America Online's 1995 Best Sports Site of the Year. In 1997 CBS
SportsLine bought GolfWeb and in April of this year GolfWeb
merged with PGATour.com. When the combined site debuted on Aug.
31, it read more like a press release from the Tour than a
The new site prominently displays news and real-time scoring
from the PGA, Senior and Nike tours but buries everything else.
The fact that the Tour has the last word on content is all too
obvious. Recently, a headline on a story about Tiger Woods was
changed from TIGER OUTSHINES DUVAL to TIGER ON A ROLL because
the Tour disliked the way the original pitted one player against
another. Last week, when Callaway dropped John Daly, the site's
editors had to get permission from Tour commissioner Tim Finchem
to display the story prominently, according to Stu Schneider,
who until resigning last week had been the executive editor of
GolfWeb since December 1995. "The Tour is running the show,"
"We're not attempting to manage the news," says John Morris, the
Tour's VP of communications. Mark Mariani, president of
SportsLine, denies that the site's journalistic integrity has
been compromised. "Have we been restricted in what we do and
say?" he asks. "No." --Gene Menez
What do these players have in common?
They are the only LPGA players to have won more than $1 million
in a season. Inkster did it this year, Sorenstam in 1997 and
'98, and Webb in '96 and again this season.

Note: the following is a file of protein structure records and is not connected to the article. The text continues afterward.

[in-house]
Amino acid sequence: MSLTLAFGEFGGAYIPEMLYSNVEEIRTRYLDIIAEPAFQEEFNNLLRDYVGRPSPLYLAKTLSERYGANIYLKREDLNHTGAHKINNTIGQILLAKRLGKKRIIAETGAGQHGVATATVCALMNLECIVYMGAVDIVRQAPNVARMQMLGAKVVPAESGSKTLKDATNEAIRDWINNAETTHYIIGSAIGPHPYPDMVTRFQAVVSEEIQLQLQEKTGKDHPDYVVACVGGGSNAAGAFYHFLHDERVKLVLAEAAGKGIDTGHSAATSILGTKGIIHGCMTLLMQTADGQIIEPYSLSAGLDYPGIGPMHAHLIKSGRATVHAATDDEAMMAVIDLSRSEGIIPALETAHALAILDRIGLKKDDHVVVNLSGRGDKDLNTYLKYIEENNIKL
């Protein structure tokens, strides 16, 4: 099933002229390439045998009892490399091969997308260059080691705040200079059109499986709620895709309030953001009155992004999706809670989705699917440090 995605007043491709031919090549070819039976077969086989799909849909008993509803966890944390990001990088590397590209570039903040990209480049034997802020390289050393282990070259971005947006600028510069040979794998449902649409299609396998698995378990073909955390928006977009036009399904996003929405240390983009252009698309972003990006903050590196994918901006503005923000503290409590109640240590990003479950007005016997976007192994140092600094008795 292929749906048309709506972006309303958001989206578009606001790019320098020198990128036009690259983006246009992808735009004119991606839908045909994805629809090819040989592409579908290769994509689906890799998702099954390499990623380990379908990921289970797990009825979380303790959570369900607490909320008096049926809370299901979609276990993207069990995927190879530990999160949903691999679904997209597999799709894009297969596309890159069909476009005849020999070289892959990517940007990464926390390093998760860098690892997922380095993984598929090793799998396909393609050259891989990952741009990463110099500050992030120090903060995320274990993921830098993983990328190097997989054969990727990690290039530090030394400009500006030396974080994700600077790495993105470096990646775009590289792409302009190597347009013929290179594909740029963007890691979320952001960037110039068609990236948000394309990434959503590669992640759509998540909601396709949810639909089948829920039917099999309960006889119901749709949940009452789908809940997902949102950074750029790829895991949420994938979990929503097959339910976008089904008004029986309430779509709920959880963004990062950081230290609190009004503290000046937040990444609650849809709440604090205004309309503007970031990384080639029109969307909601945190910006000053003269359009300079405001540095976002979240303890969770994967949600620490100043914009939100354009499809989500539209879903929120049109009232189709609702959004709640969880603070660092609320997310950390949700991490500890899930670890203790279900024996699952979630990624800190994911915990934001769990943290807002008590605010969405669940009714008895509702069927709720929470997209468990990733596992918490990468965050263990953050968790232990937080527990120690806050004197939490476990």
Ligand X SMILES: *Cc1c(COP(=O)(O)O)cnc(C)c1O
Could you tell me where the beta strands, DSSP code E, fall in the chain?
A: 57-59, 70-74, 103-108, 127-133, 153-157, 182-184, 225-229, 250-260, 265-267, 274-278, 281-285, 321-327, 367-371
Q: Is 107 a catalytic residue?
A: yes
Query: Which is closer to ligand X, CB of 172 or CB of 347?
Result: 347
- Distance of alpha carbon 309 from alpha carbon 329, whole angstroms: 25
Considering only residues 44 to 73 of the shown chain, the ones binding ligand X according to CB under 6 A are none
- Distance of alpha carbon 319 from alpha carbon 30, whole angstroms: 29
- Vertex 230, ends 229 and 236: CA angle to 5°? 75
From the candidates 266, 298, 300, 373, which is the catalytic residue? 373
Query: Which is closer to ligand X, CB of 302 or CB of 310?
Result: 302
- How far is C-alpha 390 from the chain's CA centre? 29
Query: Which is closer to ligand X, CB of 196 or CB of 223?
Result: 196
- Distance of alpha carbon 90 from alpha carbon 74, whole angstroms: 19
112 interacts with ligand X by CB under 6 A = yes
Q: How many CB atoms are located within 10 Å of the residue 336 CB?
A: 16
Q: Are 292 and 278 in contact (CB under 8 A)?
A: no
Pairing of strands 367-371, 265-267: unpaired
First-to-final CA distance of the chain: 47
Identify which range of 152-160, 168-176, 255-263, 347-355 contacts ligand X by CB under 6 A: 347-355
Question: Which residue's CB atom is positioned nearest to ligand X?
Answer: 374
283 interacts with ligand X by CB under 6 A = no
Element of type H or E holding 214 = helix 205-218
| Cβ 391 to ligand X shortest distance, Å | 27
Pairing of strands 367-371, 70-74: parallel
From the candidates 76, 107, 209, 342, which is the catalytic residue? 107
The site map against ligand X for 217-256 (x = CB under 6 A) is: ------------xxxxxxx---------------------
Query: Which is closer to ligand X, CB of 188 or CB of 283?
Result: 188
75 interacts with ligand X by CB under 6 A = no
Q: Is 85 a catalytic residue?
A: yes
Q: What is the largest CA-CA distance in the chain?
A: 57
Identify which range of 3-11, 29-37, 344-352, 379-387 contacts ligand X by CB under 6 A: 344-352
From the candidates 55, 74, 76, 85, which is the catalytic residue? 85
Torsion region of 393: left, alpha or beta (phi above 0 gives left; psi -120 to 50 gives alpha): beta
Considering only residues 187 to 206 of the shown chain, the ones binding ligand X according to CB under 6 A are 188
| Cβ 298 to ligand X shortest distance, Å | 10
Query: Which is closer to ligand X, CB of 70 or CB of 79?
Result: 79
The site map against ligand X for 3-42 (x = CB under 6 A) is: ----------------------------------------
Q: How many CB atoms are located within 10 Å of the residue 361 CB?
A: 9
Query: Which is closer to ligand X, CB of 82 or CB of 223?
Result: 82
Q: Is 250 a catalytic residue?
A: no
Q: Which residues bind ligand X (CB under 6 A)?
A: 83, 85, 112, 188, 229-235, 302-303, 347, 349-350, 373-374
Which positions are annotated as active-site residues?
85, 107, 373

Which is the most important event in golf?
U.S. Open 27%
British Open 14%
Ryder Cup 12%
--Based on 1,305 responses to our informal survey
Next question: Should the Presidents Cup, as Jack Nicklaus
suggests, be a qualifier for the Ryder Cup? According to
Nicklaus's plan, the loser of this week's Ryder Cup would play
the Internationals in the 2000 Presidents Cup for the right to
face the defending champion in the 2001 Ryder Cup. Vote at
With his victory at the Bank One Championship in Dallas, Tom
Watson became the 10th golfer to win a Senior and a regular Tour
event in Texas. Of those 10, these players have the most total
wins in the Lone Star State.
Senior PGA Total
Lee Trevino 4 3 7
Tom Watson 1 6 7
Bruce Crampton 2 4 6
Chi Chi Rodriguez 4 2 6
Don January 2 2 4
Han Lee, Cerritos, Calif.
Lee, 22, won the Canadian Amateur at Rivershore Golf Links in
Kamloops, B.C., defeating Wes Heffernan, 22, of Calgary one up
in the 36-hole final. Lee, a senior at Cal, was the 14th
American to win the Amateur, which has been contested 95 times
Kim Benedict, Rochester Hills, Mich.
Benedict, 18, won the Michigan Stroke-Play with a 10-over 154 at
Radrick Farms Golf Club in Ann Arbor. A freshman at Michigan,
Benedict also won the state match-play this summer. Last spring
she won the Michigan Class A high school championship.
Mark Brown, Glen Cove, N.Y.
Brown, 33, the head pro at Tam O'Shanter Country Club in
Brookville, N.Y., became the first golfer since 1992 to win the
Metropolitan Golf Association Open and the New York State Open
in the same year. In the final round of the Met, Brown shot a
course-record 65 at the par-71 Tuxedo Club in Tuxedo Park.